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Stop Procrastination - Aging Well With Marjorie
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Stop Procrastination

Stop Procrastination

Is procrastination a problem for you in some areas of your life but not others? Telling yourself you need to be in the “right frame of mind” to get something done, or that you “work better under pressure”, means you are procrastinating about something. Another sign of procrastination is choosing things that are enjoyable, comfortable, or easier for you, rather than the task at hand.

Starting and persisting

Procrastinating may take two forms: difficulty getting started, and getting distracted before the task is done. It does not mean you’re lazy.

People who don’t procrastinate tend to focus on tasks, have a strong sense of personal identity, and are conscientious as demonstrated by self-discipline, persistence, and personal responsibility.

If you live with ADD or ADHD, it may help if you call on others to help you get started and stay on track.

Self-awareness is the first step

Knowing what contributes to your own procrastinating can help you know how to overcome it. Maybe the task is unpleasant, or there are too many distractions in your surroundings or your life. Perhaps you are disorganized, or feel overwhelmed by the task. You might have a fear of making mistakes or failing, or yes, even a fear of succeeding.

“You don’t have to see the whole staircase, just take the first step.”  Martin Luther King, Jr. 

Overcoming unpleasantness

It may help you to focus on your goal or what it is that motivates you. Think about what will be different once you’ve done what you have to do.

Reminding yourself of “work before play” and promising yourself a reward after the task is done may be just the motivation you need to overcome procrastination.

Ahead of time, telling a friend or family member what you plan to do may help motivate you.

Reducing distractions

In your busy life, setting a time or making a date with yourself may help you focus on what you need to do. The first hour of your day might work best for you.

Maybe you need to clear a workspace and get rid of clutter to reduce physical distractions. Perhaps you need total quiet, or a background of music. Do, however, avoid music with words, which can be distracting.

On days when I’d rather do anything but write, I open a word doc on my computer and stare at the blank page until I can’t stand it any longer and start to write. It’s how I reduce distractions!

To help you persevere in the job at hand, use some positive self-talk to stay actively engaged in, and focused on, the work. It might be “I can do this” or “I am getting this done” or “This is important”.

Getting organized

Make sure you have all the materials and tools you need readily available. I stared for several days at some mending I needed to do, but it wasn’t until I put the scissors, needle and thread with the mending that I could easily pick it up one evening and do it.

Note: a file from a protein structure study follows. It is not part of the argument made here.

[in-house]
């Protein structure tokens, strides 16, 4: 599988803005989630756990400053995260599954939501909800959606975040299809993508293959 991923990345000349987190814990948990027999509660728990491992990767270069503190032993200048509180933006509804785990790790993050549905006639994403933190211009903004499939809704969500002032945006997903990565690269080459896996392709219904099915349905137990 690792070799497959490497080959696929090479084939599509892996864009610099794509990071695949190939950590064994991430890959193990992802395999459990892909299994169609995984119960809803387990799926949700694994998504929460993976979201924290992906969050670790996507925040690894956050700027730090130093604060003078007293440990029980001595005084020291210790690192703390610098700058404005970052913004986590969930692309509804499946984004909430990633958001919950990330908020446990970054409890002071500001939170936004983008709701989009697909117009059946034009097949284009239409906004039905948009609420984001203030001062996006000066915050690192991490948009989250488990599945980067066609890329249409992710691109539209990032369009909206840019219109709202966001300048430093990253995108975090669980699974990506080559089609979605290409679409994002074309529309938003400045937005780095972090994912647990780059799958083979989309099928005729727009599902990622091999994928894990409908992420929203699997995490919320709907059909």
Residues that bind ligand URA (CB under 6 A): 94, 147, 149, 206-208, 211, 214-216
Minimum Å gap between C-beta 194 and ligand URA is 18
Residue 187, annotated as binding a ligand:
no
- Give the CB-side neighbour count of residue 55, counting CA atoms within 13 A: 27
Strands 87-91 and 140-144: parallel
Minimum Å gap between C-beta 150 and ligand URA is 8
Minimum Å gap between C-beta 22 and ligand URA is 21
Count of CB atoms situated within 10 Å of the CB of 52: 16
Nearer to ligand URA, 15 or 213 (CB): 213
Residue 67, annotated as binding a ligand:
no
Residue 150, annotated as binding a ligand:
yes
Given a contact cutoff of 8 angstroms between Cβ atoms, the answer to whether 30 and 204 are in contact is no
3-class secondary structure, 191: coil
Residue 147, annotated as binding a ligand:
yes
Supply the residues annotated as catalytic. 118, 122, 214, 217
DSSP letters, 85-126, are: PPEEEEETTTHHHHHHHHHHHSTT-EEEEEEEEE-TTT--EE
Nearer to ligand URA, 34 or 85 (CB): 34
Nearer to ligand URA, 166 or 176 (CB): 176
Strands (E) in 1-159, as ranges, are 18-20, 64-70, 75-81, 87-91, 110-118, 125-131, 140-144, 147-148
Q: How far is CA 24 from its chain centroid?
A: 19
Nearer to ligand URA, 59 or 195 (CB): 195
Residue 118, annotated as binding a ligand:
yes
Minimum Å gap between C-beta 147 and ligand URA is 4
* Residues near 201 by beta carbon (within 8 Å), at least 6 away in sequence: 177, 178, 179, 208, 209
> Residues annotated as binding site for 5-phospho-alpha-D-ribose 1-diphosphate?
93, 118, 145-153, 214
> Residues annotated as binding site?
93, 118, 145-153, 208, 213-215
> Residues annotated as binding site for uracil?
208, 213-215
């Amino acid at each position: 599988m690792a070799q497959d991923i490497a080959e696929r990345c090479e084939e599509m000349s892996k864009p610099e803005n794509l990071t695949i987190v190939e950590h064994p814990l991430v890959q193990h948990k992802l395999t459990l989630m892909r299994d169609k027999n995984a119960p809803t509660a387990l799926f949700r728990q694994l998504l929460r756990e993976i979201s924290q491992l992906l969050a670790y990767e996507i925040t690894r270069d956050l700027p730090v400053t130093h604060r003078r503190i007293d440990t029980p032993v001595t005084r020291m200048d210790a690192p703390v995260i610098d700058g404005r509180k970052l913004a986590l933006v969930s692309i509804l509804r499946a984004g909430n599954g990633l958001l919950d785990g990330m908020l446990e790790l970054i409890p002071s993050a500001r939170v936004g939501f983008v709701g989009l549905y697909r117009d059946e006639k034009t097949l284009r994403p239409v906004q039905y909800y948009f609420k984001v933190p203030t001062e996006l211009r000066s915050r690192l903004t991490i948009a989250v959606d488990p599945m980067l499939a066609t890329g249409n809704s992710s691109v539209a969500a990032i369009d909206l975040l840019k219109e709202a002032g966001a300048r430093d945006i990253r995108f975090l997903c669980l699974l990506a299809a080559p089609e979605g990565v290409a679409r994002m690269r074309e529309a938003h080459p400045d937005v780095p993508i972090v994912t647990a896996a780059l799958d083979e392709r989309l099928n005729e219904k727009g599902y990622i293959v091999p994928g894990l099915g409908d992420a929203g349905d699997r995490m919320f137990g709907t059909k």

Organizing your time is essential. Consider all the steps that you need to do, estimate the time, then double that time (most people underestimate how much time they will need). From there, work backwards to when you need to start. It also helps to include some extra time at the end if you have a deadline to meet, so that you have some breathing space if you need it.

Turning overwhelmed into success

It’s no wonder people feel overwhelmed when they think of a project that feels too big or too difficult. You could start by breaking it into smaller chunks to make it more manageable. If that still seems difficult, break the smaller chunks into simple tasks you can readily do.

It might also help if you focus on one immediate next step and accomplish that one thing. Success breeds success. For example, if you are moving house and you need to sort through what to keep or not keep, consider the house room by room. If that still feels like too much, start with, for example, one closet or one shelf.

Overcoming fear

If you tend to be a perfectionist, or if you worry about making mistakes or failing, it may help to tell yourself that you’ll start with a rough draft – and no, you won’t go over and over the first step, which will only keep you from moving forward. Try to let go of perfection, and aim instead for a high standard for the end product.

Fearing success is more difficult to understand. You may fear your life will change if you succeed, or maybe you feel you don’t deserve to succeed. Notice your patterns of thinking, and turn them into positive self-talk.


I’d love to hear what you do to overcome procrastination. We all procrastinate sometimes. The trick is to not make procrastination a life habit, but rather tackle it by knowing what you yourself need to get started and persevere.

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